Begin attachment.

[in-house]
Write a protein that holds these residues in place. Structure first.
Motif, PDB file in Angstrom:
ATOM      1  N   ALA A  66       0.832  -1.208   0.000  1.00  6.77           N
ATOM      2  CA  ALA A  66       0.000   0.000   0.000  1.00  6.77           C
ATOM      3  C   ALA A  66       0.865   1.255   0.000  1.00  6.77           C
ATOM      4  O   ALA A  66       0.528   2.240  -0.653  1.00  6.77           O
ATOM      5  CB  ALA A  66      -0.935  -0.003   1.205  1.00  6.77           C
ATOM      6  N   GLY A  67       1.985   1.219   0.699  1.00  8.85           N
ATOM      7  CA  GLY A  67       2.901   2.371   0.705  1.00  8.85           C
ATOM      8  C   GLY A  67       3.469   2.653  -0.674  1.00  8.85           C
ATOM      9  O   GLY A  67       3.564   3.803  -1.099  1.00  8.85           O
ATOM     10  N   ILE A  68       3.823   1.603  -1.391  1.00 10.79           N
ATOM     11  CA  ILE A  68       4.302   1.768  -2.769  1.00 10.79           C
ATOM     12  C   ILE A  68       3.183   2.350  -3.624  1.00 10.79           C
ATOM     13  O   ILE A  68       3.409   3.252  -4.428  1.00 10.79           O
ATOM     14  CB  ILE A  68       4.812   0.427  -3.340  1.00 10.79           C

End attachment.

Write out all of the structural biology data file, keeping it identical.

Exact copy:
[in-house]
Write a protein that holds these residues in place. Structure first.
Motif, PDB file in Angstrom:
ATOM      1  N   ALA A  66       0.832  -1.208   0.000  1.00  6.77           N
ATOM      2  CA  ALA A  66       0.000   0.000   0.000  1.00  6.77           C
ATOM      3  C   ALA A  66       0.865   1.255   0.000  1.00  6.77           C
ATOM      4  O   ALA A  66       0.528   2.240  -0.653  1.00  6.77           O
ATOM      5  CB  ALA A  66      -0.935  -0.003   1.205  1.00  6.77           C
ATOM      6  N   GLY A  67       1.985   1.219   0.699  1.00  8.85           N
ATOM      7  CA  GLY A  67       2.901   2.371   0.705  1.00  8.85           C
ATOM      8  C   GLY A  67       3.469   2.653  -0.674  1.00  8.85           C
ATOM      9  O   GLY A  67       3.564   3.803  -1.099  1.00  8.85           O
ATOM     10  N   ILE A  68       3.823   1.603  -1.391  1.00 10.79           N
ATOM     11  CA  ILE A  68       4.302   1.768  -2.769  1.00 10.79           C
ATOM     12  C   ILE A  68       3.183   2.350  -3.624  1.00 10.79           C
ATOM     13  O   ILE A  68       3.409   3.252  -4.428  1.00 10.79           O
ATOM     14  CB  ILE A  68       4.812   0.427  -3.340  1.00 10.79           C